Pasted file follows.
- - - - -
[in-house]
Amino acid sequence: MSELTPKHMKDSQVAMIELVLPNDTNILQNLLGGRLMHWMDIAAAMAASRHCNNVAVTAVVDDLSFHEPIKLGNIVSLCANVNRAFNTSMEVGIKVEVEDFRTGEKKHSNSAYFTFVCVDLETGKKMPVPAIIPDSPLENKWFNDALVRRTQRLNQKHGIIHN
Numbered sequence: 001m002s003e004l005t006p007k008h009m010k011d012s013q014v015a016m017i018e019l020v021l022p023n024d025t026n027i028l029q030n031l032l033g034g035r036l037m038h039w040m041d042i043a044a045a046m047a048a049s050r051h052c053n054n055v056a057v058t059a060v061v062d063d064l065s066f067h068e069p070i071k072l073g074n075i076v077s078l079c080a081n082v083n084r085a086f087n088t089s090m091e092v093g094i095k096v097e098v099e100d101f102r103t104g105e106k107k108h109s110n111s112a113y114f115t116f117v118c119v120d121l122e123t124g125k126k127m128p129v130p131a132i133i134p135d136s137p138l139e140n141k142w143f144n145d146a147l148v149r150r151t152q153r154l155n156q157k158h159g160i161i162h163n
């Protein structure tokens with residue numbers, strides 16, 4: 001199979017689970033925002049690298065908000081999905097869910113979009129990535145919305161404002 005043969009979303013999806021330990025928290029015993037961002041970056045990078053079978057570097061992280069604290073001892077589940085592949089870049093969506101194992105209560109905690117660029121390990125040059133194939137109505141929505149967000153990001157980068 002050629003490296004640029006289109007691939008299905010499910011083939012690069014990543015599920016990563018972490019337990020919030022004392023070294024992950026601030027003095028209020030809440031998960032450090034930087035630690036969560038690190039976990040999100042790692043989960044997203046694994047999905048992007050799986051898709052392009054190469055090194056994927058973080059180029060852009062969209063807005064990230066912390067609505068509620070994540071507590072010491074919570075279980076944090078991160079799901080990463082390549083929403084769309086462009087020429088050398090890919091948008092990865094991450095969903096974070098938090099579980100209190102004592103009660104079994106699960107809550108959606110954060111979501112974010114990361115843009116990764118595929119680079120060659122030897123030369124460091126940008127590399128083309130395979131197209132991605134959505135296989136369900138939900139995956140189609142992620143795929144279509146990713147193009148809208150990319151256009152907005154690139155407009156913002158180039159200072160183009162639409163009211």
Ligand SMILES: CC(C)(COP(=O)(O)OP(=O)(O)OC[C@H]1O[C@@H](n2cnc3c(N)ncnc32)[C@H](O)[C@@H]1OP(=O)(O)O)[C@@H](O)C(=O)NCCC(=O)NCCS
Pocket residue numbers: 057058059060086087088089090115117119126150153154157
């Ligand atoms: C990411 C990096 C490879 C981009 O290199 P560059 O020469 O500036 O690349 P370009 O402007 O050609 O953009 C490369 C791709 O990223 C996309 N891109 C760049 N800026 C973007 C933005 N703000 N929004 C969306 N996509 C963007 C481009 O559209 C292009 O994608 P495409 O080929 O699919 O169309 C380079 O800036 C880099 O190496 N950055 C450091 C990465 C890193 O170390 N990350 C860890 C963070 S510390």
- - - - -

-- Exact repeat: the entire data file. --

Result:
[in-house]
Amino acid sequence: MSELTPKHMKDSQVAMIELVLPNDTNILQNLLGGRLMHWMDIAAAMAASRHCNNVAVTAVVDDLSFHEPIKLGNIVSLCANVNRAFNTSMEVGIKVEVEDFRTGEKKHSNSAYFTFVCVDLETGKKMPVPAIIPDSPLENKWFNDALVRRTQRLNQKHGIIHN
Numbered sequence: 001m002s003e004l005t006p007k008h009m010k011d012s013q014v015a016m017i018e019l020v021l022p023n024d025t026n027i028l029q030n031l032l033g034g035r036l037m038h039w040m041d042i043a044a045a046m047a048a049s050r051h052c053n054n055v056a057v058t059a060v061v062d063d064l065s066f067h068e069p070i071k072l073g074n075i076v077s078l079c080a081n082v083n084r085a086f087n088t089s090m091e092v093g094i095k096v097e098v099e100d101f102r103t104g105e106k107k108h109s110n111s112a113y114f115t116f117v118c119v120d121l122e123t124g125k126k127m128p129v130p131a132i133i134p135d136s137p138l139e140n141k142w143f144n145d146a147l148v149r150r151t152q153r154l155n156q157k158h159g160i161i162h163n
């Protein structure tokens with residue numbers, strides 16, 4: 001199979017689970033925002049690298065908000081999905097869910113979009129990535145919305161404002 005043969009979303013999806021330990025928290029015993037961002041970056045990078053079978057570097061992280069604290073001892077589940085592949089870049093969506101194992105209560109905690117660029121390990125040059133194939137109505141929505149967000153990001157980068 002050629003490296004640029006289109007691939008299905010499910011083939012690069014990543015599920016990563018972490019337990020919030022004392023070294024992950026601030027003095028209020030809440031998960032450090034930087035630690036969560038690190039976990040999100042790692043989960044997203046694994047999905048992007050799986051898709052392009054190469055090194056994927058973080059180029060852009062969209063807005064990230066912390067609505068509620070994540071507590072010491074919570075279980076944090078991160079799901080990463082390549083929403084769309086462009087020429088050398090890919091948008092990865094991450095969903096974070098938090099579980100209190102004592103009660104079994106699960107809550108959606110954060111979501112974010114990361115843009116990764118595929119680079120060659122030897123030369124460091126940008127590399128083309130395979131197209132991605134959505135296989136369900138939900139995956140189609142992620143795929144279509146990713147193009148809208150990319151256009152907005154690139155407009156913002158180039159200072160183009162639409163009211």
Ligand SMILES: CC(C)(COP(=O)(O)OP(=O)(O)OC[C@H]1O[C@@H](n2cnc3c(N)ncnc32)[C@H](O)[C@@H]1OP(=O)(O)O)[C@@H](O)C(=O)NCCC(=O)NCCS
Pocket residue numbers: 057058059060086087088089090115117119126150153154157
């Ligand atoms: C990411 C990096 C490879 C981009 O290199 P560059 O020469 O500036 O690349 P370009 O402007 O050609 O953009 C490369 C791709 O990223 C996309 N891109 C760049 N800026 C973007 C933005 N703000 N929004 C969306 N996509 C963007 C481009 O559209 C292009 O994608 P495409 O080929 O699919 O169309 C380079 O800036 C880099 O190496 N950055 C450091 C990465 C890193 O170390 N990350 C860890 C963070 S510390």